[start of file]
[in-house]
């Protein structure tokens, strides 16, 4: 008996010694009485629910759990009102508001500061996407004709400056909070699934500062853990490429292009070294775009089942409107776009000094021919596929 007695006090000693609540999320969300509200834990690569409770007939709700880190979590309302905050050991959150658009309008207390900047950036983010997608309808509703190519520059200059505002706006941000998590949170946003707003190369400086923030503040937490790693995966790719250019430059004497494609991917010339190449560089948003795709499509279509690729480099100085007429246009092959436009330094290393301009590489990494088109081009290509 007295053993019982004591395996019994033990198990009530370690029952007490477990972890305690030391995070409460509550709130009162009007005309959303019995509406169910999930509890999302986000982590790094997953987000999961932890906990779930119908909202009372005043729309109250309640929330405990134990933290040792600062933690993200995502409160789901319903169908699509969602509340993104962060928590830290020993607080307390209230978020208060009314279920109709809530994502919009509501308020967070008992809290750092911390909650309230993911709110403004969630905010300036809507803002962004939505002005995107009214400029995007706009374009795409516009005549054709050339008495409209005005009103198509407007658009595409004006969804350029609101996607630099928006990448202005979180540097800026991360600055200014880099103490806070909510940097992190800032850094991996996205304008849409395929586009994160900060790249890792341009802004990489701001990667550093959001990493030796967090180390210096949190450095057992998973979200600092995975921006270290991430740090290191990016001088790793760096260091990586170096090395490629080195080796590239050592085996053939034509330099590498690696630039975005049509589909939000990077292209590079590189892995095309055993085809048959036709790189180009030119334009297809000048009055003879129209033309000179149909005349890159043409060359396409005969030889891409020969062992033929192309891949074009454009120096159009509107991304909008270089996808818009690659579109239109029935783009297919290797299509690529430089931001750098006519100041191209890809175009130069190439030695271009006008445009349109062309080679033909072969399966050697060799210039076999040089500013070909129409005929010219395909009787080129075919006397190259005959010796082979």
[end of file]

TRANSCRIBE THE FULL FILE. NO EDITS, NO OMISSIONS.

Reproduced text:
[in-house]
């Protein structure tokens, strides 16, 4: 008996010694009485629910759990009102508001500061996407004709400056909070699934500062853990490429292009070294775009089942409107776009000094021919596929 007695006090000693609540999320969300509200834990690569409770007939709700880190979590309302905050050991959150658009309008207390900047950036983010997608309808509703190519520059200059505002706006941000998590949170946003707003190369400086923030503040937490790693995966790719250019430059004497494609991917010339190449560089948003795709499509279509690729480099100085007429246009092959436009330094290393301009590489990494088109081009290509 007295053993019982004591395996019994033990198990009530370690029952007490477990972890305690030391995070409460509550709130009162009007005309959303019995509406169910999930509890999302986000982590790094997953987000999961932890906990779930119908909202009372005043729309109250309640929330405990134990933290040792600062933690993200995502409160789901319903169908699509969602509340993104962060928590830290020993607080307390209230978020208060009314279920109709809530994502919009509501308020967070008992809290750092911390909650309230993911709110403004969630905010300036809507803002962004939505002005995107009214400029995007706009374009795409516009005549054709050339008495409209005005009103198509407007658009595409004006969804350029609101996607630099928006990448202005979180540097800026991360600055200014880099103490806070909510940097992190800032850094991996996205304008849409395929586009994160900060790249890792341009802004990489701001990667550093959001990493030796967090180390210096949190450095057992998973979200600092995975921006270290991430740090290191990016001088790793760096260091990586170096090395490629080195080796590239050592085996053939034509330099590498690696630039975005049509589909939000990077292209590079590189892995095309055993085809048959036709790189180009030119334009297809000048009055003879129209033309000179149909005349890159043409060359396409005969030889891409020969062992033929192309891949074009454009120096159009509107991304909008270089996808818009690659579109239109029935783009297919290797299509690529430089931001750098006519100041191209890809175009130069190439030695271009006008445009349109062309080679033909072969399966050697060799210039076999040089500013070909129409005929010219395909009787080129075919006397190259005959010796082979």